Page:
Both these thrillers present us with a rugged, British, former military hero on whose mission to Moscow the future of the Western world depends. Steel’s hero goes by the name of Alex Devereux. Both these books are also set in that ‘near future’ beloved of thriller writers, which allows them to extend present trends just a little further to create crisis. Both have a Russia ruled over by a post-post-Putin figure. Both these books also make the president a malevolent, slightly mad, figure who harks back to the Soviet years, re-opens the Gulag, and has opponents killed.

In December, Russia’s president —Viktor Krymov— came to power after President Dmitrii Medvedev had gained a second term as president in competition against Putin. So it is set after 2012.

The liberal Medvedev had himself been deposed in a palace coup by Krymov, who, unsurprisingly, is a hard-line figure, suspends the constitution, declares himself president for life, and oversees the rapid deterioration of relations with the West.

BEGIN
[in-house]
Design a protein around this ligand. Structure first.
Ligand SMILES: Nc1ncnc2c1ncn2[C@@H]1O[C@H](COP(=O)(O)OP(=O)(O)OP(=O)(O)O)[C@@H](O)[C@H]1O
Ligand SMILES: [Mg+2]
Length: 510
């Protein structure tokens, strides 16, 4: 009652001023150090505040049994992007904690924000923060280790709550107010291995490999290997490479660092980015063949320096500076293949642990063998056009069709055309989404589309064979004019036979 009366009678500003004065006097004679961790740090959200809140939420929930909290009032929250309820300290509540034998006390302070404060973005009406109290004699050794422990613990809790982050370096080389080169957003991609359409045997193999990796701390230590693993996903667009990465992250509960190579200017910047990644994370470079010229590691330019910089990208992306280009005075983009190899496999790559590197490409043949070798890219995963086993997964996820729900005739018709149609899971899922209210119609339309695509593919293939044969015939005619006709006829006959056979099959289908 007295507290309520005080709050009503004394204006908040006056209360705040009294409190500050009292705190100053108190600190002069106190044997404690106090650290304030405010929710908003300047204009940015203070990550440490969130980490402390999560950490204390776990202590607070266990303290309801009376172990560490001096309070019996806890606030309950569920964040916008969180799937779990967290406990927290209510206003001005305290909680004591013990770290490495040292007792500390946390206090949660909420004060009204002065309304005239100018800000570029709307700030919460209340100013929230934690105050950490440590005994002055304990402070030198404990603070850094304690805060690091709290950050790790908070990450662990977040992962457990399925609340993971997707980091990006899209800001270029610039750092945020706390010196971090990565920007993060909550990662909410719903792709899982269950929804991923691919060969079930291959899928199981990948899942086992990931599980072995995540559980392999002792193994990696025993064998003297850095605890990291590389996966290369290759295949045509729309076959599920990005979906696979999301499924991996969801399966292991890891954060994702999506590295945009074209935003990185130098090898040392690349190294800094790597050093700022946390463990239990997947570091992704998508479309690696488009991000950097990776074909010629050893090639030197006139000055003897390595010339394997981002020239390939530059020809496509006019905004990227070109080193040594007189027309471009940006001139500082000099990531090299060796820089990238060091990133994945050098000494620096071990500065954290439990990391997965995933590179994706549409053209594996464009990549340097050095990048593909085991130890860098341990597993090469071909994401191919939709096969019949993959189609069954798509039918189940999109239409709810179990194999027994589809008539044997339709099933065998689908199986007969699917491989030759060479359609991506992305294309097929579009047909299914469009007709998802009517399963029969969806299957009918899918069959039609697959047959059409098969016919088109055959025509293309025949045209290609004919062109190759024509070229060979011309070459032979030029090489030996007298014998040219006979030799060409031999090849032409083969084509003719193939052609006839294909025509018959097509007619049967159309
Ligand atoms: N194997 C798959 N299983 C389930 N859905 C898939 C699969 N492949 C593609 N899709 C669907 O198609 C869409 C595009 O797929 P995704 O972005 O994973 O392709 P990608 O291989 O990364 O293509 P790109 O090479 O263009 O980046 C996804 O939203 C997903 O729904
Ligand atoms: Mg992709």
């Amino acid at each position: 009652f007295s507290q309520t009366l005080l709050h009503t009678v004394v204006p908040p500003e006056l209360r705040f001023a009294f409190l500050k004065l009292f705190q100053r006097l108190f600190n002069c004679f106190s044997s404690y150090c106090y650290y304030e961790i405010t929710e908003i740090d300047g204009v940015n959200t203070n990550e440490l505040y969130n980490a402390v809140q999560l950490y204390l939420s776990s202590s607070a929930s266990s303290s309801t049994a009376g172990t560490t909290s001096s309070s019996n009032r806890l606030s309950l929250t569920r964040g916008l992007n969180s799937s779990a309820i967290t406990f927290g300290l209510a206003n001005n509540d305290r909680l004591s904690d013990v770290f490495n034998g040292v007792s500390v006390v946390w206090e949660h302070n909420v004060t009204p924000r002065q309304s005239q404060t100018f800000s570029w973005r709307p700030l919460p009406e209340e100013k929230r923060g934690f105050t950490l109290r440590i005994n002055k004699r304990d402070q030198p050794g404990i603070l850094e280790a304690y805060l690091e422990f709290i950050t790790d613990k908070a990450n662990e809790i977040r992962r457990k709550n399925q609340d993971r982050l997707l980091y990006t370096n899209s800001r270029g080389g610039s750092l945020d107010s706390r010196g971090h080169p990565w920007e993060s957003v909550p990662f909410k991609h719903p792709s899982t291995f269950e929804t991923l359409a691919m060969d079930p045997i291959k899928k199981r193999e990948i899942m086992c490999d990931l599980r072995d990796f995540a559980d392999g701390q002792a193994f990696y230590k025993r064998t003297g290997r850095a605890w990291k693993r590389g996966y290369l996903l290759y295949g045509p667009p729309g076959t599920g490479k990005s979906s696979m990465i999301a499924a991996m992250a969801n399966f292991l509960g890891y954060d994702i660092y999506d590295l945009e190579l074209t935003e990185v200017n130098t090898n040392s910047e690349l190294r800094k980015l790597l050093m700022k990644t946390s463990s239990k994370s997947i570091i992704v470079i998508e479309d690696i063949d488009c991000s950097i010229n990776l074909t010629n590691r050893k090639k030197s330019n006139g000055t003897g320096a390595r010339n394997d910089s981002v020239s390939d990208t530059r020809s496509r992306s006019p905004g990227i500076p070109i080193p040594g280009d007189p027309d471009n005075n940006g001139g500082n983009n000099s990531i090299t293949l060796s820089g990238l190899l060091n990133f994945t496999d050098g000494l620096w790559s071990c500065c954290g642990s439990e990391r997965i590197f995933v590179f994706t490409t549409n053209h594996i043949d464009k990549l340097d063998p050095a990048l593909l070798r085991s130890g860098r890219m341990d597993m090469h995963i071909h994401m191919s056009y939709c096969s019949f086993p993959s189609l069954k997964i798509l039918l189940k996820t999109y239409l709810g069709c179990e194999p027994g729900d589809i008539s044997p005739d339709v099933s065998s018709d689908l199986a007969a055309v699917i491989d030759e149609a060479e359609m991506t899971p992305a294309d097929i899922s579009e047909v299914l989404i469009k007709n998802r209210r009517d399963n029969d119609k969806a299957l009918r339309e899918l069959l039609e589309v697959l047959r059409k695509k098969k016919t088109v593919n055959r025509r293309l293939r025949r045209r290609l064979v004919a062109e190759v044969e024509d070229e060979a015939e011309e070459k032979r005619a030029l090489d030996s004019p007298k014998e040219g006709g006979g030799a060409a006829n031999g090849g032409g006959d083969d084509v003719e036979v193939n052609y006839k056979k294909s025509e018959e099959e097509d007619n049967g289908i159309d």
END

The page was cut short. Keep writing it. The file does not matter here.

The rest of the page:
Why do the Russian presidents put in place by thriller writers never come from the liberal democratic camp? (That question was rhetorical …)

Steel’s plot hangs on Russia using its position as Europe’s chief source of natural gas as a policy tool. It begins atmospherically, in the eponymous December during which all the action occurs, with London in darkness caused by power-rationing. Every street is dark, every house lit only by candles, except that is for the house of Russian oligarch, Sergey Shaposhnikov, apparent friend of President Krymov but in fact flawed hero of the book and secret opponent of the president.

Steel’s conceptualisation of Russia is relatively sophisticated. He puts forward—through the mouth of his oligarch character— the idea of the 1990s as a time of chaos, with Putin restoring order, but pulling away from democracy. Such a system, balancing the factions of the executive against each other, is said to have brought stability when you have

an intelligent guy like Putin who can actually balance factions

But without Putin